While the series portrays its underworld as the province of bumbling and affable lords, its directors frame violence with a matter-of-fact sensibility, emphasizing the yawning gap between whimsy and outright danger in Barry’s world. When Barry flees a shootout in the season’s second episode, director Hiro Murai embeds his camera in the car alongside Barry, eschewing adrenalized, eye-catching flourishes in favor of stark naturalism. Relatively peaceful moments pass before the first bullets come, and then, without fanfare, they arrive in a hail. The effect is startling and gripping. The discord in Barry’s life similarly informs the way Barry captures Los Angeles, with wide shots that juxtapose the city’s beckoning blue sky and towering palm trees with the generic, nondescript buildings that ensconce Barry. In such moments, the gap between his reality and his ambitions is rendered literal.

As Barry reaches for and clings to a sense of normalcy, Hader portrays the character with a mixture of fear and shame. During one monologue, in which Barry’s girlfriend, Sally (Sarah Goldberg), triumphantly declares that she’ll never date another violent man, the camera lingers poignantly on Barry’s quietly downcast reaction. The crux of this season isn’t whether Barry can find happiness from acting, or whether he’ll outsmart the cops, but whether he’s inherently broken and capable of repair. As he strives to bridge the gap between the person he is and the one he wants to be, the show’s central source of pathos is his (and our) dawning understanding that it may not be possible, and that he may not even deserve it.

Cast: Bill Hader, Henry Winkler, Sarah Goldberg, Stephen Root, Anthony Carrigan, D’Arcy Carden, Darrell Britt-Gibson Airtime: HBO

Continue Reading

Blog

Watch: Two Episode Trailers for Jordan Peele’s The Twilight Zone Reboot

Ahead of next week’s premiere of the series, CBS All Access has released trailers for the first two episodes.

Published

on

The Twilight Zone
Photo: CBS All Access

Jordan Peele is sitting on top of the world—or, at least, at the top of the box office, with his sophomore film, Us, having delivered (and then some) on the promise of his Get Out. Next up for the filmmaker is the much-anticipated reboot of Rod Serling’s The Twilight Zone, which the filmmaker executive produced and hosts. Ahead of next week’s premiere of the series, CBS All Access has released trailers for the first two episodes, “The Comedian” and “Nightmare at 30,000 Feet.” In the former, Kumail Nanjiani stars as the eponymous comedian, who agonizingly wrestles with how far he will go for a laugh. And in the other, a spin on the classic “Nightmare at 20,0000 Feet” episode of the original series starring William Shatner, Adam Scott plays a man locked in a battle with his paranoid psyche. Watch both trailers below:

The Twilight Zone premieres on April 1.

Continue Reading

TV

Review: Amazon’s Hanna Quickly Exhausts the Novelty of Its Premise

The series fails to uphold, subvert, or otherwise comment on the stylistic vision or thematic coherence of its source material.

1.5

Published

on

Hanna
Photo: Amazon Prime

Like the 2011 film upon which it’s based, Amazon’s Hanna follows the eponymous teen (Esme Creed-Miles) as she embarks on a revenge mission against a shadowy spy agency. The series milks visceral thrills from Hanna’s fight skills as she kicks, punches, shoots, and kills burly adult men. But where Joe Wright’s film was distinguished by its thumping Chemical Brothers score, bluntly filmed and brutal action scenes, and strikingly lensed locations, the series neither carves a unique path for itself nor upholds, subverts, or otherwise comments on the stylistic vision or thematic coherence of its source material.

After an opening sequence that sees Hanna’s parents fleeing for their lives from the spy agency, the series flashes forward to regard Hanna training with her ex-military father, Erik (Joel Kinnaman), in the woods where they live in solitude. When the duo is eventually forced to flee their safe haven, Erik reveals to Hanna that he’s actually been preparing her to hunt and kill a villainous C.I.A. agent named Marissa Wiegler (Mireille Enos). While Marissa is shown in flashback to be nefariously connected to Hanna’s childhood, Erik tells Hanna nothing else about her target. Consequently, the central mystery of Hanna’s origin, and Marissa’s role in it, is predicated on the secrets that Erik keeps from her for reasons that are never made clear.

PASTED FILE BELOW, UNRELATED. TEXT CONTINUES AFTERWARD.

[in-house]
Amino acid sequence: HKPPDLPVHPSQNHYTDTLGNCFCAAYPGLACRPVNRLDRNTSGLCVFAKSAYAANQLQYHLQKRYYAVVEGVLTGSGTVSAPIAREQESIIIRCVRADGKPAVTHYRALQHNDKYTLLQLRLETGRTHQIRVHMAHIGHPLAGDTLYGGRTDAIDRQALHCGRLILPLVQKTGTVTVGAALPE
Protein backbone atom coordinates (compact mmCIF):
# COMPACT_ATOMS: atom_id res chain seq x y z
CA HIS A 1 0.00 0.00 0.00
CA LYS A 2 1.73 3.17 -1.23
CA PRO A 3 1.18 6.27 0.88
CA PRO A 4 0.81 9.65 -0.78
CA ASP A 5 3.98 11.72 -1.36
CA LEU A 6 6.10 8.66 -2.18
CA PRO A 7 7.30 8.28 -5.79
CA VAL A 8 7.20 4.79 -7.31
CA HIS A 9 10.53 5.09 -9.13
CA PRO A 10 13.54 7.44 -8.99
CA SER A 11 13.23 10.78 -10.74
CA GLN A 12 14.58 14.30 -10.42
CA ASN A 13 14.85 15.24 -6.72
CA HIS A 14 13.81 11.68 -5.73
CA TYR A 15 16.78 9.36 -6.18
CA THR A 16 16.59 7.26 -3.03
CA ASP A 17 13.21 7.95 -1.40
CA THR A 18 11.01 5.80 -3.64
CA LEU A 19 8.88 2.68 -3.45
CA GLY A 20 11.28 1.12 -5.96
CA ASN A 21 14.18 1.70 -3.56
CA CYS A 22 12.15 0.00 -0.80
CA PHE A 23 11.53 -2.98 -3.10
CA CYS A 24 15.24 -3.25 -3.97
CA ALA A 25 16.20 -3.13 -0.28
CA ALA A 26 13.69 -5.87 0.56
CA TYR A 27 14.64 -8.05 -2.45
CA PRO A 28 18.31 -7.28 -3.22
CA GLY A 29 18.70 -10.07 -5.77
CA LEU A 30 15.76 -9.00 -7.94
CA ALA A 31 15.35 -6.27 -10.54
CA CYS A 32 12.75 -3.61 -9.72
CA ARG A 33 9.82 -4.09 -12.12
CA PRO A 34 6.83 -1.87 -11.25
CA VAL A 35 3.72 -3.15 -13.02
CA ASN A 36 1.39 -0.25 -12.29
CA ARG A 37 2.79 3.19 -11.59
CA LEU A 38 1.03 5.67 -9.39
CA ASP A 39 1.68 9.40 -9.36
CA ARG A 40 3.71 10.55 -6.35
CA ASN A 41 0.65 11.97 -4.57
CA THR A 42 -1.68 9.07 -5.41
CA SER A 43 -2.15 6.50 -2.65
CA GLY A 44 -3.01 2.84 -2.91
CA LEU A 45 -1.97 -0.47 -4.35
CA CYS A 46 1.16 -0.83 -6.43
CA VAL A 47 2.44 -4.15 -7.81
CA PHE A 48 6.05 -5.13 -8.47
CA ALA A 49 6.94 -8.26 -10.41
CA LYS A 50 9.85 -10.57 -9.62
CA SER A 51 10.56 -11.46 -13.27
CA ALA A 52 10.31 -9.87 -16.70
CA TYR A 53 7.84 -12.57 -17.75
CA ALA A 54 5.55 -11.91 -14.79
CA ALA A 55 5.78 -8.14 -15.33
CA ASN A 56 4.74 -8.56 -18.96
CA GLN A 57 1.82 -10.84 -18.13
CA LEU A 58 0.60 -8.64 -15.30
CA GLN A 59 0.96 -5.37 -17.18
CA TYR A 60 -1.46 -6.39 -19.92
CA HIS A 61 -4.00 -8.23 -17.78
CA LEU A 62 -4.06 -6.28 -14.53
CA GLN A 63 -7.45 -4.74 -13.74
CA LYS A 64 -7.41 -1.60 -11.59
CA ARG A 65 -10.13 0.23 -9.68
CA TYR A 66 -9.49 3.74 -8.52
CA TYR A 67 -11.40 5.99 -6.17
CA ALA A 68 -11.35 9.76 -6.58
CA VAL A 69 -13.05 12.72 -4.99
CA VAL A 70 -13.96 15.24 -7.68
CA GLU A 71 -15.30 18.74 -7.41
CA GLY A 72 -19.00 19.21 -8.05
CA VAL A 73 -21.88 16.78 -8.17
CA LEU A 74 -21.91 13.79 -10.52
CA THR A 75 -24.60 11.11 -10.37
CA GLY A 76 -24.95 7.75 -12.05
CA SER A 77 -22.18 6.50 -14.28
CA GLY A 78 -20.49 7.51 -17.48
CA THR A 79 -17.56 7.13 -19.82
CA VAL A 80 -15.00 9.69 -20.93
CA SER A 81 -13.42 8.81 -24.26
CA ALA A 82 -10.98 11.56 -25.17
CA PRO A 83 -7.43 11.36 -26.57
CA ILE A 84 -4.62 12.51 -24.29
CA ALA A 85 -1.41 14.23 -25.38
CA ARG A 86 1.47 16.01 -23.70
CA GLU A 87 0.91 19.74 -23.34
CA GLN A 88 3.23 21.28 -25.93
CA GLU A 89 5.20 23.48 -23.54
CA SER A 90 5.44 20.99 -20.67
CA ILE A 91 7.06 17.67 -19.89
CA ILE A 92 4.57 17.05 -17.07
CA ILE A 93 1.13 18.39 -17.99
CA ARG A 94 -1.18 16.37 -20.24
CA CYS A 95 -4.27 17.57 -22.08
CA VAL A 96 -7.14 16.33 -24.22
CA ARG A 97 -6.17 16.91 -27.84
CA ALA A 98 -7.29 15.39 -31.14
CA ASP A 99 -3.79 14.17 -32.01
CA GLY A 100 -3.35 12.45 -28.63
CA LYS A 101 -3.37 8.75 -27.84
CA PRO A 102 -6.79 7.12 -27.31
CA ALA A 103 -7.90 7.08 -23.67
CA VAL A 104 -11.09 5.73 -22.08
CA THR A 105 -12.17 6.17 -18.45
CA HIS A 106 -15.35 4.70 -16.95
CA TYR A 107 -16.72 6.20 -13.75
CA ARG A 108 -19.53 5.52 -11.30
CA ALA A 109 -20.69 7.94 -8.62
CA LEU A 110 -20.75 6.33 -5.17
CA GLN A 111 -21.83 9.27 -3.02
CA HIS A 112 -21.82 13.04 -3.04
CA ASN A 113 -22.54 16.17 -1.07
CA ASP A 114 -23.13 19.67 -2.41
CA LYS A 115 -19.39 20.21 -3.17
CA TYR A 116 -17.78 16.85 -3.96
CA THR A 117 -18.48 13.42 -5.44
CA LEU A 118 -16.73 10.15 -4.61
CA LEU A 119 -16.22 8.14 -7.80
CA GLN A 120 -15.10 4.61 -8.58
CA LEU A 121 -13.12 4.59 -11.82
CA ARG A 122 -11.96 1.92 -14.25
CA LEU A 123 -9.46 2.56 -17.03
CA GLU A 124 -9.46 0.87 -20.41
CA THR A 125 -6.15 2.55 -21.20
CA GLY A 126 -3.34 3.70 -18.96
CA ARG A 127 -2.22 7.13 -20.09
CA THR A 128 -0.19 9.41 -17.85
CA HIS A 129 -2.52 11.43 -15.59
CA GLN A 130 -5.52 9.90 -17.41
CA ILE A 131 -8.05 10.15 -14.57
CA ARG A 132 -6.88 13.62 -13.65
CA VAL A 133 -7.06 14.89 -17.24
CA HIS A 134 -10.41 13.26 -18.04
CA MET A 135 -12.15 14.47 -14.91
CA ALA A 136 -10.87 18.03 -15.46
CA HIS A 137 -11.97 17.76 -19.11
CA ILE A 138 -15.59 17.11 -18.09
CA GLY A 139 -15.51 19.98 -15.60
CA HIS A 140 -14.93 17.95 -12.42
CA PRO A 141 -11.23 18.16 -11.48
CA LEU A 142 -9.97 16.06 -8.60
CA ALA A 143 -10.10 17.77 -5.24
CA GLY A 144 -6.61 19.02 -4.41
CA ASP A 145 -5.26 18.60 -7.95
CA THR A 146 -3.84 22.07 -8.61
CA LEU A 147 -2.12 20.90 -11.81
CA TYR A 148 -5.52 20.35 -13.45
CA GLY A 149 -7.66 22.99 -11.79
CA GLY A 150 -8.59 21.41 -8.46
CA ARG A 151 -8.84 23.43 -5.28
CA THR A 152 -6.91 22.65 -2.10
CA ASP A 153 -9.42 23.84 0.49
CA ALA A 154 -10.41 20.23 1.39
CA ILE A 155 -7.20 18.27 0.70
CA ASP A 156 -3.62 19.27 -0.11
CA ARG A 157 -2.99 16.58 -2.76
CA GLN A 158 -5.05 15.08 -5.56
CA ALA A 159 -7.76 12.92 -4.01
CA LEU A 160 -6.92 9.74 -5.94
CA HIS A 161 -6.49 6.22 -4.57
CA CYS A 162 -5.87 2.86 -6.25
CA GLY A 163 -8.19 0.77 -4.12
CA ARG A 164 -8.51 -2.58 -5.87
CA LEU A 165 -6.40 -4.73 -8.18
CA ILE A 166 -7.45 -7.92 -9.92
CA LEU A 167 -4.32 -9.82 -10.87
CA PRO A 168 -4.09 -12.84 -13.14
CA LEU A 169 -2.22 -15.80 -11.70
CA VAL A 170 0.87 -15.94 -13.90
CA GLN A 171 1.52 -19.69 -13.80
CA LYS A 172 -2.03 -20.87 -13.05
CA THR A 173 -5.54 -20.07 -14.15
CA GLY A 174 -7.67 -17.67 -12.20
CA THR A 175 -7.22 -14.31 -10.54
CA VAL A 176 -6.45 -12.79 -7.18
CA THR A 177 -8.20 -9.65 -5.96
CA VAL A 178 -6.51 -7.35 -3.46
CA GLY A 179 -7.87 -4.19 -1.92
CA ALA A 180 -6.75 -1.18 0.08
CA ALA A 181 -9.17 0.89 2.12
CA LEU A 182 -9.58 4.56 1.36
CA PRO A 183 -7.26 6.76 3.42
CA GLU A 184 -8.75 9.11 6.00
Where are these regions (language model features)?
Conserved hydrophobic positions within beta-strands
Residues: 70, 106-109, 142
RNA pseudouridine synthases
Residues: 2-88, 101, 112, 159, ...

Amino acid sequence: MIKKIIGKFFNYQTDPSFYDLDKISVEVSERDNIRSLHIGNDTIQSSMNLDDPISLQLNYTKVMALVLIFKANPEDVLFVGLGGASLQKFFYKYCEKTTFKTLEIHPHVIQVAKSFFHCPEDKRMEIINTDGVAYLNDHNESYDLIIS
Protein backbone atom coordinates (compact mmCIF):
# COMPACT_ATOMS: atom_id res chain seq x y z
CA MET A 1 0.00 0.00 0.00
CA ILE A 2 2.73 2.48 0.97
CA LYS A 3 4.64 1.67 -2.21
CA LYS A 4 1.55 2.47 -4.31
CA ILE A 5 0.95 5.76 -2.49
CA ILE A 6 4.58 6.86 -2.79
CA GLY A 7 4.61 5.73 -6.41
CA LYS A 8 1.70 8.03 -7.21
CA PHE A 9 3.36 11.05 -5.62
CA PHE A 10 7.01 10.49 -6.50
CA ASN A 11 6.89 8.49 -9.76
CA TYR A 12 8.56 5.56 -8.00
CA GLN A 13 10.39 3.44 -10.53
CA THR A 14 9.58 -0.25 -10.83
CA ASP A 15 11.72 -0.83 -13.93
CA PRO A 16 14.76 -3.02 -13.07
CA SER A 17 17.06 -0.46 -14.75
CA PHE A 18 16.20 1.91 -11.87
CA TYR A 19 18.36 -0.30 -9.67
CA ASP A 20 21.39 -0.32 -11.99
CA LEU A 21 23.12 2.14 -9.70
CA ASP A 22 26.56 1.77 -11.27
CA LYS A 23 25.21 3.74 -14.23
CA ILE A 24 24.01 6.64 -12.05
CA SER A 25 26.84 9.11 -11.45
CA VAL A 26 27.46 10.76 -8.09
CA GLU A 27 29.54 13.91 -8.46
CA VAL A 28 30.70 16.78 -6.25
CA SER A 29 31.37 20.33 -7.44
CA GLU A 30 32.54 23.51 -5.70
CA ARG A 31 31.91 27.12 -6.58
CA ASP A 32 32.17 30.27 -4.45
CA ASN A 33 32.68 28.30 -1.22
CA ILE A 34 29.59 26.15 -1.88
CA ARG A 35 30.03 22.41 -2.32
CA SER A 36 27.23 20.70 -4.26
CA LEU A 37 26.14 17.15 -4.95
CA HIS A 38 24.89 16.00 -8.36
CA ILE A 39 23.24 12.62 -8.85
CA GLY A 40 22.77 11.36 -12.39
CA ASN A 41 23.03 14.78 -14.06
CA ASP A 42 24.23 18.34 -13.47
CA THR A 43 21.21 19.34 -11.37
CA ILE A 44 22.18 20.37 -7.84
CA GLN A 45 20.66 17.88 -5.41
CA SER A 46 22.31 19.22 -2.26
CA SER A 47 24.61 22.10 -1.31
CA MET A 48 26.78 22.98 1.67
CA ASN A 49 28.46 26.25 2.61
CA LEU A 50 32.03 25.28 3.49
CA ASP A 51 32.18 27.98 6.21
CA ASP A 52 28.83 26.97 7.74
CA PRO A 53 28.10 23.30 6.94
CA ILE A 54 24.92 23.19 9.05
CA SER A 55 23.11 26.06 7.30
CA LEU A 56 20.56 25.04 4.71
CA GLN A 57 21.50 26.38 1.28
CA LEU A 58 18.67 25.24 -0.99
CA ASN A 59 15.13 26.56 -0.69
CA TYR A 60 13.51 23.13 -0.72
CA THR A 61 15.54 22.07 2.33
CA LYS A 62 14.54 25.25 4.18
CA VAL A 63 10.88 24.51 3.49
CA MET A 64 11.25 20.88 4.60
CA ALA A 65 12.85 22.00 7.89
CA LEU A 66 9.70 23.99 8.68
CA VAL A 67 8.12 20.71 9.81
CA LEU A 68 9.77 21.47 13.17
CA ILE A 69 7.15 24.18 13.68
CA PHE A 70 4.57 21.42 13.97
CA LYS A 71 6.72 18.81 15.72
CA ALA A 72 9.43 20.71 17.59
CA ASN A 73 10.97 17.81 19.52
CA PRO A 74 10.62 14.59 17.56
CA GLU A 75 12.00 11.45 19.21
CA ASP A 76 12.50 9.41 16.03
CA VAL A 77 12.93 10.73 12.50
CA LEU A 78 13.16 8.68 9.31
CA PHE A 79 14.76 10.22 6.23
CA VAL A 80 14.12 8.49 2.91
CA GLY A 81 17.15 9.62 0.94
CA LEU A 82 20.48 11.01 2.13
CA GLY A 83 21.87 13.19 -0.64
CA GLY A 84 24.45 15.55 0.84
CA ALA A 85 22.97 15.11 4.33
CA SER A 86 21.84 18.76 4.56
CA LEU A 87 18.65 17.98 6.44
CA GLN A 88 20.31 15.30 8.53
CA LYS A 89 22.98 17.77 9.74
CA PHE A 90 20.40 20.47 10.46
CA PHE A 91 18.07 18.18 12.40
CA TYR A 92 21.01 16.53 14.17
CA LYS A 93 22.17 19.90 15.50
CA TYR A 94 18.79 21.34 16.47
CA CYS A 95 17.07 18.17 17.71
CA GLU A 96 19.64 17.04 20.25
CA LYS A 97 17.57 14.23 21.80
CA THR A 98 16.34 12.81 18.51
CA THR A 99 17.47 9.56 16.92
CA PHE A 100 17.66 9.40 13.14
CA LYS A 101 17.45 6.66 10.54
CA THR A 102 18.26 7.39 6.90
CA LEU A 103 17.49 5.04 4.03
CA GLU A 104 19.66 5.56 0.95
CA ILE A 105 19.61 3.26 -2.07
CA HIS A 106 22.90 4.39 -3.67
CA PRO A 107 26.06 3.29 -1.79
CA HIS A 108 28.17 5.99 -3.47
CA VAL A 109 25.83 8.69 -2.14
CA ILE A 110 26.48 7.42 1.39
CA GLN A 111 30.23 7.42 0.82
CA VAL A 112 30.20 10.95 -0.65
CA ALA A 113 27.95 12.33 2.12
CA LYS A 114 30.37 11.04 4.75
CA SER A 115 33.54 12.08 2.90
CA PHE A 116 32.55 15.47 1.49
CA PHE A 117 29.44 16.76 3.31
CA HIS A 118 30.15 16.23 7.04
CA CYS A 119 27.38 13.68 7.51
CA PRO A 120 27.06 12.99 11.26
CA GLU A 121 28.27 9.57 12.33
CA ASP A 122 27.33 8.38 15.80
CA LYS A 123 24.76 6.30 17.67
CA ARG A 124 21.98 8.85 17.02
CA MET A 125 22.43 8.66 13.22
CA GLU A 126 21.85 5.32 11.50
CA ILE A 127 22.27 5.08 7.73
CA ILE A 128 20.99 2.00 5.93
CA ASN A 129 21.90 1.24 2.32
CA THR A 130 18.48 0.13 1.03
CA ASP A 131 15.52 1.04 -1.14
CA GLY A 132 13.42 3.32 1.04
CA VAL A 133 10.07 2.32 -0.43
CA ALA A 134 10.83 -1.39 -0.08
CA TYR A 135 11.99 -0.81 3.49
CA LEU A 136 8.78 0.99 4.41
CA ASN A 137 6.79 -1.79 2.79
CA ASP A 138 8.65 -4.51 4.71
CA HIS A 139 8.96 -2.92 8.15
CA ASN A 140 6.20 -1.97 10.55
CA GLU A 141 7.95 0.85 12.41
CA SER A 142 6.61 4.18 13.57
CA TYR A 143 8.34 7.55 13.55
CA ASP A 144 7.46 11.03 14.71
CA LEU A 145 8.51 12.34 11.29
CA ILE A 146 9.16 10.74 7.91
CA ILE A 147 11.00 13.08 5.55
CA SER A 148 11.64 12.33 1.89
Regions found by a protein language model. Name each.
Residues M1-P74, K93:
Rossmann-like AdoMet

Every episode of the series more or less follows the same format, as slow-burning cloak-and-dagger spy games eventually yield a few more revelations about Hanna’s past before leading to an eruptive and often incoherently filmed climax. The season’s middle stretch is particularly dull, as Erik and Hanna’s first attempt to kill Marissa goes awry and the teen finds herself stranded with a vacationing English family. Hanna attempts to use the relationship which emerges between Hanna and the family’s daughter, Sophie (Rhianne Barreto), to yoke a violent revenge plot to a coming-of-age teenage drama—which doesn’t work, chiefly because it’s impossible to understand why the otherwise unremarkable Sophie would be suddenly obsessed with Hanna, who’s nearly feral and prone to extreme violence.

Of course, Sophie’s fascination with her new friend is mysterious in part because Hanna herself is purposefully difficult to know, with Creed-Miles uses her open face and wide eyes to portray Hanna with a faraway look and a curious intelligence. The girl is inscrutable by Erik’s design, but less understandable is why the adults in the series, particularly Marissa, are similarly vague. Throughout, Hanna goes to great lengths to make its villain, who’s shown committing heinous acts, more sympathetic to the viewer. Certain plot twists suggest that Marissa may be ready to deal with her guilt over the nature of Hanna’s being, yet Enos’s severe, unsmiling performance and the season’s hectic third act go a long way toward muddying our sense of whatever change of heart the woman may be experiencing.

This muddled depiction of Marissa’s ostensible moral transformation, along with the introduction of a cabal of more menacing villains operating alongside her, rob the season finale of catharsis—which is about the only quality otherwise still preserved in the vicious retributions doled out by Hanna. Just as the series struggles to define Marissa’s motivations, it doesn’t hint at what might eventually happen to the rest her shadowy organization. The season’s conclusion asks as many questions as it answers, appearing to exist only so that Hanna may sustain itself, offering more henchman bones for Hanna to snap without wondering whether the character should, or even wants to, keep snapping them.

Cast: Esme Creed-Miles, Mireille Enos, Joel Kinnaman, Khalid Abdalla, Rhianne Barreto, Benno Fürmann, Sam C. Wilson, Félicien Juttner Airtime: Amazon Prime

Continue Reading
Advertisement

Donate

Slant is reaching more readers than ever, but as online advertising continues to evolve, independently operated publications like ours have struggled to adapt. We're committed to keeping our content free and accessible—meaning no paywalls or subscription fees—so if you like what we do, please consider becoming a Slant patron:

Patreon

You can also make a donation via PayPal.

Giveaways

Advertisement

Newsletter

Advertisement

Preview

Trending